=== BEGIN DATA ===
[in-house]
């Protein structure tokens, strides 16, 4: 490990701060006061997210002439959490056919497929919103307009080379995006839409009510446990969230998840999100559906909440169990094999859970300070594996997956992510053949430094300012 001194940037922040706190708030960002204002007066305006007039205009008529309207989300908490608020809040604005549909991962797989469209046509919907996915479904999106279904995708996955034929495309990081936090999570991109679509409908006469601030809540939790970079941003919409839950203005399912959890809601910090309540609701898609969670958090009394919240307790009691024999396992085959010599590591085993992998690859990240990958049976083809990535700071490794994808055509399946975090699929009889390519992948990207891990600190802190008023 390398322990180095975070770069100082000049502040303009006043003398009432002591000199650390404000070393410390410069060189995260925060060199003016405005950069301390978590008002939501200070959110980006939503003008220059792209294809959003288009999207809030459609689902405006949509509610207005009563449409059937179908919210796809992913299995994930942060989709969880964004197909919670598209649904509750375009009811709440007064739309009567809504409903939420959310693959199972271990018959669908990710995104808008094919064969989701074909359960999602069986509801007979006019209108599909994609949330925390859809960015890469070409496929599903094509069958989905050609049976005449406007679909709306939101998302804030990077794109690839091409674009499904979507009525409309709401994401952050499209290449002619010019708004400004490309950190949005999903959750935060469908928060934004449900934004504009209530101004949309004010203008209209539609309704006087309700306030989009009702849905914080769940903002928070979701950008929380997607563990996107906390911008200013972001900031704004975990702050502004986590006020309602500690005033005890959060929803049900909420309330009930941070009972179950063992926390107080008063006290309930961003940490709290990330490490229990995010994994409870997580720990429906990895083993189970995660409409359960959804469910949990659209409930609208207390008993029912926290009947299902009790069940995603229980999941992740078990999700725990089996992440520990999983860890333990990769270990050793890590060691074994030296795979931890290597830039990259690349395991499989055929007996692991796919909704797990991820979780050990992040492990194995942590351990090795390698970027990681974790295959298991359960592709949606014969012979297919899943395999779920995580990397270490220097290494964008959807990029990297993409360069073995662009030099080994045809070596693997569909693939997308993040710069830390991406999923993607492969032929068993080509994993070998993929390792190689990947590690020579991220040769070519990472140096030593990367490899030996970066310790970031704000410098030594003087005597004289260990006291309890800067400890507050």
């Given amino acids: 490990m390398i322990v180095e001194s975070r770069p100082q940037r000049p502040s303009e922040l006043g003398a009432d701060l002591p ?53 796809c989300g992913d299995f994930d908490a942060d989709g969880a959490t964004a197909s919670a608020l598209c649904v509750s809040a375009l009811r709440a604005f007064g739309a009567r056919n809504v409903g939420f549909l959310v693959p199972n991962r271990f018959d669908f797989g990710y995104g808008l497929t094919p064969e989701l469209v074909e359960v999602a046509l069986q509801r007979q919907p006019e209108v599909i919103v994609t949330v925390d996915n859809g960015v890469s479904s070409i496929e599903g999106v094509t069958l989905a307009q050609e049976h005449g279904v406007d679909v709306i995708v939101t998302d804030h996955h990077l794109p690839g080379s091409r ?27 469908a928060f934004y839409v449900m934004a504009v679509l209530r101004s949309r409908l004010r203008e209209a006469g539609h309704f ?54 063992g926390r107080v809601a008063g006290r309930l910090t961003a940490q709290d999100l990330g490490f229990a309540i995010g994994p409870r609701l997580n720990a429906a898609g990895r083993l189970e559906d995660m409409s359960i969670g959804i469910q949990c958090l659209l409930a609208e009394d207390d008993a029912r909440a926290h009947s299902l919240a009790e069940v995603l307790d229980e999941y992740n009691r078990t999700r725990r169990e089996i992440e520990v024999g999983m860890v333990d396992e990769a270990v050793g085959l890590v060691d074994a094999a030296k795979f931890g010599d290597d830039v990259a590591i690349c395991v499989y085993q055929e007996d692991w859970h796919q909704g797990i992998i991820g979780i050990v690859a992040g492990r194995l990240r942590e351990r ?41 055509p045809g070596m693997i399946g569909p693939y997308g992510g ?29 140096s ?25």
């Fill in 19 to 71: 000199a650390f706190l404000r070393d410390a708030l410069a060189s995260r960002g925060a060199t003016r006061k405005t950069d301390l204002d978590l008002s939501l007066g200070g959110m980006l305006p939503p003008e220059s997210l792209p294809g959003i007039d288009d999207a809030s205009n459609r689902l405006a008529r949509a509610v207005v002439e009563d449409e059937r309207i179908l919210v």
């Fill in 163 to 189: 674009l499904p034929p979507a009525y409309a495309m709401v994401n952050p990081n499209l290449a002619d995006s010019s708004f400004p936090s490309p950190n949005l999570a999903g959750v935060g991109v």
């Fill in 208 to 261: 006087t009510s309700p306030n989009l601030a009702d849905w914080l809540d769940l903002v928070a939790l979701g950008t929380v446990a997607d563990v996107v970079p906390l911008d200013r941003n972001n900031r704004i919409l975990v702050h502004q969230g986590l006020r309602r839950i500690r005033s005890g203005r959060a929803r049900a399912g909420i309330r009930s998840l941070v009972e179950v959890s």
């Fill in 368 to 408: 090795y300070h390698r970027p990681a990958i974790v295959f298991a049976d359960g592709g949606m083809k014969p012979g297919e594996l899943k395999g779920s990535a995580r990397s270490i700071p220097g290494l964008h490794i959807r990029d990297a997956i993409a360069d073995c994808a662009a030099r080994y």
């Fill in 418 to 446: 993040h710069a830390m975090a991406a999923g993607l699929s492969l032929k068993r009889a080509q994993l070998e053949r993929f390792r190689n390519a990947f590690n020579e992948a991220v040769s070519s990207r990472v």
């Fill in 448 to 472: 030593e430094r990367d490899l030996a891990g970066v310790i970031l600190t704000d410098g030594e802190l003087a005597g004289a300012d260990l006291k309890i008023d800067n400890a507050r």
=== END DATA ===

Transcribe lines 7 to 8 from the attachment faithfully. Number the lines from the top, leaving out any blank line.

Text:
């Fill in 368 to 408: 090795y300070h390698r970027p990681a990958i974790v295959f298991a049976d359960g592709g949606m083809k014969p012979g297919e594996l899943k395999g779920s990535a995580r990397s270490i700071p220097g290494l964008h490794i959807r990029d990297a997956i993409a360069d073995c994808a662009a030099r080994y």
């Fill in 418 to 446: 993040h710069a830390m975090a991406a999923g993607l699929s492969l032929k068993r009889a080509q994993l070998e053949r993929f390792r190689n390519a990947f590690n020579e992948a991220v040769s070519s990207r990472v």